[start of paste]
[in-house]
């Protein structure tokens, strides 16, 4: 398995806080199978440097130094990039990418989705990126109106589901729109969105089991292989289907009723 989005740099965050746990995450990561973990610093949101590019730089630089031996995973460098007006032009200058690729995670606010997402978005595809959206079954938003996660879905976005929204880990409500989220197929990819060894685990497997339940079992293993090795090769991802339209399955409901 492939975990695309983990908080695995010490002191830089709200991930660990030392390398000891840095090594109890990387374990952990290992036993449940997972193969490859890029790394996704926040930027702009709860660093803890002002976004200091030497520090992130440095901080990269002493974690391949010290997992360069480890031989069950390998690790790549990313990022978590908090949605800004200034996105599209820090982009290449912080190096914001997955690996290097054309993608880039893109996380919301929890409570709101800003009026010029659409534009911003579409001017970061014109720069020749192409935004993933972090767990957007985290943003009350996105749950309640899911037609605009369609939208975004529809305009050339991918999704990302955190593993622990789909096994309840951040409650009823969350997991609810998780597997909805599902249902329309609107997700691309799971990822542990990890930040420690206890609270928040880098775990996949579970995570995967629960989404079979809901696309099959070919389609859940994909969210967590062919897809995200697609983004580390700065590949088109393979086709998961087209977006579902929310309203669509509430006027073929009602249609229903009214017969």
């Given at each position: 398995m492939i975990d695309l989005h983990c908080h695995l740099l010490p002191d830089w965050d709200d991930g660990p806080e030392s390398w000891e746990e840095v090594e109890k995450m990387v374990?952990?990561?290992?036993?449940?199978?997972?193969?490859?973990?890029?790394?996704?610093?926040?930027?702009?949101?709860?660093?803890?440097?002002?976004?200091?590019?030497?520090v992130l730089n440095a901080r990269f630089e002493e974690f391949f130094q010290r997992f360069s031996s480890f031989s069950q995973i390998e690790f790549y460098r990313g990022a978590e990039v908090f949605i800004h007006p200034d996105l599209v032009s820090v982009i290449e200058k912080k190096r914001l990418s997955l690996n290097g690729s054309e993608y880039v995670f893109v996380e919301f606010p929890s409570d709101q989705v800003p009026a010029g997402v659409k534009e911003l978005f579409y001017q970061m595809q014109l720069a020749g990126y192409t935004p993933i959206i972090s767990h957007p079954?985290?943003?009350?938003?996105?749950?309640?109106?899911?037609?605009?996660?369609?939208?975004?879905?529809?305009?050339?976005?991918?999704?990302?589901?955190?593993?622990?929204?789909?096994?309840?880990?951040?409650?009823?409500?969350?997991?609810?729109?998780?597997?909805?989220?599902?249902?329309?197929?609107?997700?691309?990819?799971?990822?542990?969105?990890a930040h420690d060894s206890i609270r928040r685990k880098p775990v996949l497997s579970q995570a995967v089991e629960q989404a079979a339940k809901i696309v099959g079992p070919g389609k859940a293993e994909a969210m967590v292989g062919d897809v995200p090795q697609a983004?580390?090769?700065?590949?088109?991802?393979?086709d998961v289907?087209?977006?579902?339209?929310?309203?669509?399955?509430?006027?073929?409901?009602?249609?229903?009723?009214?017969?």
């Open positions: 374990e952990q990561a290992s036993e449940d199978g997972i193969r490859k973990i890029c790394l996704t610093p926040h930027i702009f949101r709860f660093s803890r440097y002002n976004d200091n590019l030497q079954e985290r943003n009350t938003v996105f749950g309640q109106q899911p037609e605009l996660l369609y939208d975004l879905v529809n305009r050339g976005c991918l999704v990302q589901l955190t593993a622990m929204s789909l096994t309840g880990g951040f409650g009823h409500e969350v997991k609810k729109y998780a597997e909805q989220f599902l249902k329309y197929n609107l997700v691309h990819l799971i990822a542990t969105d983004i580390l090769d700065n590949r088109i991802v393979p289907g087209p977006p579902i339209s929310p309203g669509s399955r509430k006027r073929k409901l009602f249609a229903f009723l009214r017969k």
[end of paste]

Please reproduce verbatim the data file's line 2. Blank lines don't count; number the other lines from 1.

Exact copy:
């Protein structure tokens, strides 16, 4: 398995806080199978440097130094990039990418989705990126109106589901729109969105089991292989289907009723 989005740099965050746990995450990561973990610093949101590019730089630089031996995973460098007006032009200058690729995670606010997402978005595809959206079954938003996660879905976005929204880990409500989220197929990819060894685990497997339940079992293993090795090769991802339209399955409901 492939975990695309983990908080695995010490002191830089709200991930660990030392390398000891840095090594109890990387374990952990290992036993449940997972193969490859890029790394996704926040930027702009709860660093803890002002976004200091030497520090992130440095901080990269002493974690391949010290997992360069480890031989069950390998690790790549990313990022978590908090949605800004200034996105599209820090982009290449912080190096914001997955690996290097054309993608880039893109996380919301929890409570709101800003009026010029659409534009911003579409001017970061014109720069020749192409935004993933972090767990957007985290943003009350996105749950309640899911037609605009369609939208975004529809305009050339991918999704990302955190593993622990789909096994309840951040409650009823969350997991609810998780597997909805599902249902329309609107997700691309799971990822542990990890930040420690206890609270928040880098775990996949579970995570995967629960989404079979809901696309099959070919389609859940994909969210967590062919897809995200697609983004580390700065590949088109393979086709998961087209977006579902929310309203669509509430006027073929009602249609229903009214017969």